Growing up in an alcoholic home, I lived amidst instability and insecurity daily. Unlike children who grew up being told they were loved “to the moon and back,” or “this much” by someone with arms spread wide, I would ask my mother, “Do you love me today?” only to be answered with a shrug of her shoulders and, “Eh, same as usual.” She died when I was 15, and I never got a different answer.
When my son’s drinking grew out of control, I retaliated with all the fury that had gone unexpressed in my childhood. I lectured, punished, and bargained with God. I searched my son’s room; snooped in his drawers, closet, and car; rifled his pockets; tested him; and tried to smell his breath when he came close. I cajoled, belittled, and threatened. He lied, stole, and retreated to his room. He was angry and shut me out completely. It seemed I’d lost him. Only when I realized I was losing myself did things begin to change.
In Al‑Anon, I learned to start taking care of myself and loving myself. Progress was slow at first because I thought I was unlovable. I felt like a failed daughter and mother. But as I became more aware of how my behaviors transferred my pain to my son, I began to change, to pull back and let him have the dignity and self-determination he is entitled to.
Recently, my son told me he’d tried heroin several months ago. He waited for my response. I waited for my Higher Power. Instead of being angry or upset or hurt, I looked into his eyes and saw my little boy, my son. I heard myself say, “Thank you for sharing that. Thank you for trusting me. I love you; I always have, and I always will.”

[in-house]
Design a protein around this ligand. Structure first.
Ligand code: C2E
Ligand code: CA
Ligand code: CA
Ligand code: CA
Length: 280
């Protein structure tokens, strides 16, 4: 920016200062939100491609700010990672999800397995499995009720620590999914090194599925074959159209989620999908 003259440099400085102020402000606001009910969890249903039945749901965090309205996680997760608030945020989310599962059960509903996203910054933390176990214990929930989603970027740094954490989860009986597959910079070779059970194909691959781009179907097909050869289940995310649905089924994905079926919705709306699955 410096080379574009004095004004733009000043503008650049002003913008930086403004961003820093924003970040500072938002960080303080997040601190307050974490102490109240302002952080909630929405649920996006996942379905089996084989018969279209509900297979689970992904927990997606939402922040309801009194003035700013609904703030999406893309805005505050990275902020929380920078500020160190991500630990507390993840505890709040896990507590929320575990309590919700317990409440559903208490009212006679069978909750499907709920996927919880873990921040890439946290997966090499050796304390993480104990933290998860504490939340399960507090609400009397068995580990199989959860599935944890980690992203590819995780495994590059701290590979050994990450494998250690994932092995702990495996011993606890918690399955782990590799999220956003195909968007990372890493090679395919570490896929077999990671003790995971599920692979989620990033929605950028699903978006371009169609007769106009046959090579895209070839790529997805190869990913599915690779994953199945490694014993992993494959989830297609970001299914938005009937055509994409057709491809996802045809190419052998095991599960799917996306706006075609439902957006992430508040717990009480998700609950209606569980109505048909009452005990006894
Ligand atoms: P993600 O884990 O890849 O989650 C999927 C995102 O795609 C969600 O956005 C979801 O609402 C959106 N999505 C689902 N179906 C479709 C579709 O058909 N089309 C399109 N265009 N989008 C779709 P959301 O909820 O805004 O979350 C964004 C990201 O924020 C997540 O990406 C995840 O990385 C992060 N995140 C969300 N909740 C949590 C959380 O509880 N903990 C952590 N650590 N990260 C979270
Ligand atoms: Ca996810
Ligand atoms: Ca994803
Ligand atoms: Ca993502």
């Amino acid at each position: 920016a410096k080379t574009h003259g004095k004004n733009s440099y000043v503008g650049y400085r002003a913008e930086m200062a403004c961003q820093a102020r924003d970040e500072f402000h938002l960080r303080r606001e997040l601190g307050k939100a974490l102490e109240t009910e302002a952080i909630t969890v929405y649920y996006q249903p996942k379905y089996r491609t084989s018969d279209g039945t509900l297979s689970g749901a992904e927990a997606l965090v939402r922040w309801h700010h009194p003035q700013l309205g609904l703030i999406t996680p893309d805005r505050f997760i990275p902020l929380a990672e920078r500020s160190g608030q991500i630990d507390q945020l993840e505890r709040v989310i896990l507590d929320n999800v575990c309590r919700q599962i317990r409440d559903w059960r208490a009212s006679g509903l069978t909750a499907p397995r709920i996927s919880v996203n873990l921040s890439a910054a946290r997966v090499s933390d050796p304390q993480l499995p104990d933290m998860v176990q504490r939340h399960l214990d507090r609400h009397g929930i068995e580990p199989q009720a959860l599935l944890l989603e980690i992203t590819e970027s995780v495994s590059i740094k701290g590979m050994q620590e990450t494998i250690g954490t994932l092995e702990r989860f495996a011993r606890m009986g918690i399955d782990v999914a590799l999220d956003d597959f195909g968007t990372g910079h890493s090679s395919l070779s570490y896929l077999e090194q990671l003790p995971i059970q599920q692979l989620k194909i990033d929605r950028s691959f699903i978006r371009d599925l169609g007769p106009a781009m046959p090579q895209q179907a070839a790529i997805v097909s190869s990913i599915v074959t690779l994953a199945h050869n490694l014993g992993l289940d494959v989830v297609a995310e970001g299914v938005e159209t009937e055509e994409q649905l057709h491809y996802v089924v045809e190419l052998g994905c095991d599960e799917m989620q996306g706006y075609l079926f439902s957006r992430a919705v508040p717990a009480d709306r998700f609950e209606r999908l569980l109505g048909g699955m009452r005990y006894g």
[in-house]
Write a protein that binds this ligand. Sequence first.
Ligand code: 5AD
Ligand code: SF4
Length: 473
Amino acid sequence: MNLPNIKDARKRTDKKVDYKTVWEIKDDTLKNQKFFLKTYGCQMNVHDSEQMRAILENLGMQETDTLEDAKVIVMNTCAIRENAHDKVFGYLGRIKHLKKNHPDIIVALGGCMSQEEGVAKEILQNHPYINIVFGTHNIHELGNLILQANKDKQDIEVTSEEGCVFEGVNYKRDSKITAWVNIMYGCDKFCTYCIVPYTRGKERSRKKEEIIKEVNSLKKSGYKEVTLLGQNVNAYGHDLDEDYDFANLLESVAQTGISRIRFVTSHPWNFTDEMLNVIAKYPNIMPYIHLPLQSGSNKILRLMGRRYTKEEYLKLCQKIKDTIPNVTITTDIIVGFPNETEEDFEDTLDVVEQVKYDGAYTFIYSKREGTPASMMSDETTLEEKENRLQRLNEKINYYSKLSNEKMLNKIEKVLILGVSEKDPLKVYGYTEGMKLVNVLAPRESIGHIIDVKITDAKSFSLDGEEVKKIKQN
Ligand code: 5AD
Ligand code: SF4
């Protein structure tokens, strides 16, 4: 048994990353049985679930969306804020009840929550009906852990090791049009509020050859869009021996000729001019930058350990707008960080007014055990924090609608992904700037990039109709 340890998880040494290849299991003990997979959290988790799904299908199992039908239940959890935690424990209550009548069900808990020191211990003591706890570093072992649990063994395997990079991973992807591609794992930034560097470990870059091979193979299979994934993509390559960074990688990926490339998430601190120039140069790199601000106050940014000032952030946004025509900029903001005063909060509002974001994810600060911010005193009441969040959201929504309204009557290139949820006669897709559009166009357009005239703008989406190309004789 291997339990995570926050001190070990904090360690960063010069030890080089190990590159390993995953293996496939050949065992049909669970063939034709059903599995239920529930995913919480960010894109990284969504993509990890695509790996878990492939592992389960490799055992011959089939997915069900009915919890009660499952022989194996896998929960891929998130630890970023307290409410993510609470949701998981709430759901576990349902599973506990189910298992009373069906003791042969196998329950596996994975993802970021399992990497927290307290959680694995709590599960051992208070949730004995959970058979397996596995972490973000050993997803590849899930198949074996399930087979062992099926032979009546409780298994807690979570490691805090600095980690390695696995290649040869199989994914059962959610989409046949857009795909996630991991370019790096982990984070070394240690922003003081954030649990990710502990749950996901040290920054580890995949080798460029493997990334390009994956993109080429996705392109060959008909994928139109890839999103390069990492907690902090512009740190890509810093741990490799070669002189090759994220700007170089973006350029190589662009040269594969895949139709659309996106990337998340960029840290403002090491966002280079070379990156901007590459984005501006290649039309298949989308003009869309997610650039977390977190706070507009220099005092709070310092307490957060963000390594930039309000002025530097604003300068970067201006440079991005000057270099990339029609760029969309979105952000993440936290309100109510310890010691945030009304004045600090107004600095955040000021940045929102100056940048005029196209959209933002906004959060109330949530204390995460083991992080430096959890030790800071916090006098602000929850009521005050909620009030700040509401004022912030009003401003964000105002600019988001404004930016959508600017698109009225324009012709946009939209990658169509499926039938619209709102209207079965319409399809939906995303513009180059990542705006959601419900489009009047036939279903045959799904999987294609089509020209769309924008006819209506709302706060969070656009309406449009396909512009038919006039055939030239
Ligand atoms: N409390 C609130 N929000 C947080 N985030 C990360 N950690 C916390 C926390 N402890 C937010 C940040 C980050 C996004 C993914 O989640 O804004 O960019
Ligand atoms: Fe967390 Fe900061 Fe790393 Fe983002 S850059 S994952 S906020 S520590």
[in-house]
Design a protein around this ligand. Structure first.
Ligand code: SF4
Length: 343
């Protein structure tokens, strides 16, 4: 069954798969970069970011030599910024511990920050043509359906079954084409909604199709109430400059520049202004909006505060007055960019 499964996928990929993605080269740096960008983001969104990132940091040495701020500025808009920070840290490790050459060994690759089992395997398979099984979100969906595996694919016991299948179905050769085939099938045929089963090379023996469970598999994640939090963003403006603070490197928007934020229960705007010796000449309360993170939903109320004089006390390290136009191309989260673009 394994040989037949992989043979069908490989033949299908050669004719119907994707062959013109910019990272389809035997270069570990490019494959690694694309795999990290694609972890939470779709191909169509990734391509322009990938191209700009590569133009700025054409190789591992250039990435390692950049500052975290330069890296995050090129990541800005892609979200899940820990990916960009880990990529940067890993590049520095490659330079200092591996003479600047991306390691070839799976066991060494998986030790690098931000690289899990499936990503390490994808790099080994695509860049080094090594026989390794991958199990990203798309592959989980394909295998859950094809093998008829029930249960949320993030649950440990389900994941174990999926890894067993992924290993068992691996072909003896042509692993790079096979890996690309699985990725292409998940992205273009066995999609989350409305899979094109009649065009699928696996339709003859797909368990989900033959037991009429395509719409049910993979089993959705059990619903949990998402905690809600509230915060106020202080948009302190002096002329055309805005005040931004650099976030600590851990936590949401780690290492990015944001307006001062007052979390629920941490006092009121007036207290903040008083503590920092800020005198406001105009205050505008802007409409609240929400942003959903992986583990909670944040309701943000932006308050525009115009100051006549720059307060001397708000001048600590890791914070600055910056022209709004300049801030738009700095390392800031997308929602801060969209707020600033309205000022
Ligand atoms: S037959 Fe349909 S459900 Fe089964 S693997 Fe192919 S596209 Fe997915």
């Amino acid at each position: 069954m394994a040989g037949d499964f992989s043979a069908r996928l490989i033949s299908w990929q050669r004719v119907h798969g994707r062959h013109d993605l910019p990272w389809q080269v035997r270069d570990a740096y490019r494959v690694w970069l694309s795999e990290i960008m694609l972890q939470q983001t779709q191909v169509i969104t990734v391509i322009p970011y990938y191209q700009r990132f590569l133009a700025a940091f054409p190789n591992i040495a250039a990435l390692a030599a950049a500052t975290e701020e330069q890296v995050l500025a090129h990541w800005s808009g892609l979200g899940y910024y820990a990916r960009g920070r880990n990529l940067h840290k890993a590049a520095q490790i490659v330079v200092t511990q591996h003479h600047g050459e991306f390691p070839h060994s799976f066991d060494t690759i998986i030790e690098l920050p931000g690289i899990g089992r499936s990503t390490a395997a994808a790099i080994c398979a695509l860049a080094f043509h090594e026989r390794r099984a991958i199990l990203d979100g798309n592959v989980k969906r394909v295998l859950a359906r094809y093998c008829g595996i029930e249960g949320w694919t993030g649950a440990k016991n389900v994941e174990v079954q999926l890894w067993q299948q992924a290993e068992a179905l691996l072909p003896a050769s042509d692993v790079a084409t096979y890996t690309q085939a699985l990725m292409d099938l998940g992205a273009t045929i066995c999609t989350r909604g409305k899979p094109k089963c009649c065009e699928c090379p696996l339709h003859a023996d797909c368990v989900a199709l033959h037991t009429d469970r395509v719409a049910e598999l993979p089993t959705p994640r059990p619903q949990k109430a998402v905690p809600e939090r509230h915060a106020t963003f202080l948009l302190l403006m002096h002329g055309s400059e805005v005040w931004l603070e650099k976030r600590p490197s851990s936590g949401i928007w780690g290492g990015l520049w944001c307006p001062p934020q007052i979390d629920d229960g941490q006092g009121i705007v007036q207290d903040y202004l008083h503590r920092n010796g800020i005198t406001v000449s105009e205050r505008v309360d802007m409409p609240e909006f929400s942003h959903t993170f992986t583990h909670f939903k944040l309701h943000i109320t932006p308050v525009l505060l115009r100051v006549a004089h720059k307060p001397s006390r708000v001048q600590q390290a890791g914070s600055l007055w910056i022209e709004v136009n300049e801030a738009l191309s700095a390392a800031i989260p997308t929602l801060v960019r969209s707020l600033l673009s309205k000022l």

Before Al‑Anon, I never would have been able to hear that what he was really saying was, “Do you love me today?”
By Deirdre B., New York
The Forum, November 2022
Feel free to reprint this article on your service arm website or newsletter, along with this credit line: Reprinted with permission of The Forum, Al-Anon Family Group Headquarters, Inc., Virginia Beach, VA.
Thank you so much for sharing your experience, strength and hope! I cried as I read this, as it resonated with me and my struggles with my son. Before Al-Anon, I too tried to do the “right” thing, or find the “right” words to reach him. I will forever be grateful to have found this wonderful program! As I learned that my son has a disease, and that it was not that I was a bad mom, was a huge weight off of my shoulders. Learning to let go of trying to control him has bettered our relationship by leaps… Read more »
The disfunction of alcohol–I felt unimportant, neglected, and raised alone or by my sister. I am about to turn 60 and still going around the same mountain of indecision, fear and self-doubt. Thank you for writing your story. For me, it had an impact.
That was a beautiful story. I lost my daughter to this dreadful disease. Say what you mean to say.
Wow that was my story too. The disfunction of alcohol I felt unimportant-neglected and raised alone or by my sister. Not many life skills – Al-Anon has taught me a lot about using different tools. I am raising my grandchildren and need to take care of myself and give them better tapes for their heads than I was given. Thanks for writing your story.
and I love you
I cried and cried when I read this, my parents – father chronic alcoholic, depressed mother whose father was also an alcoholic, older sister who stole and hurt me, never once told me they loved me. I asked my mother one time if she thought I was pretty and she said “passable”…my French teacher had asked me to pose in front of the class so they could draw me – I refused. It was my youngest son, whom I practiced Al-Anon on – he was only 2 when I got into Al-Anon after leaving his alcoholic father who cheated on… Read more »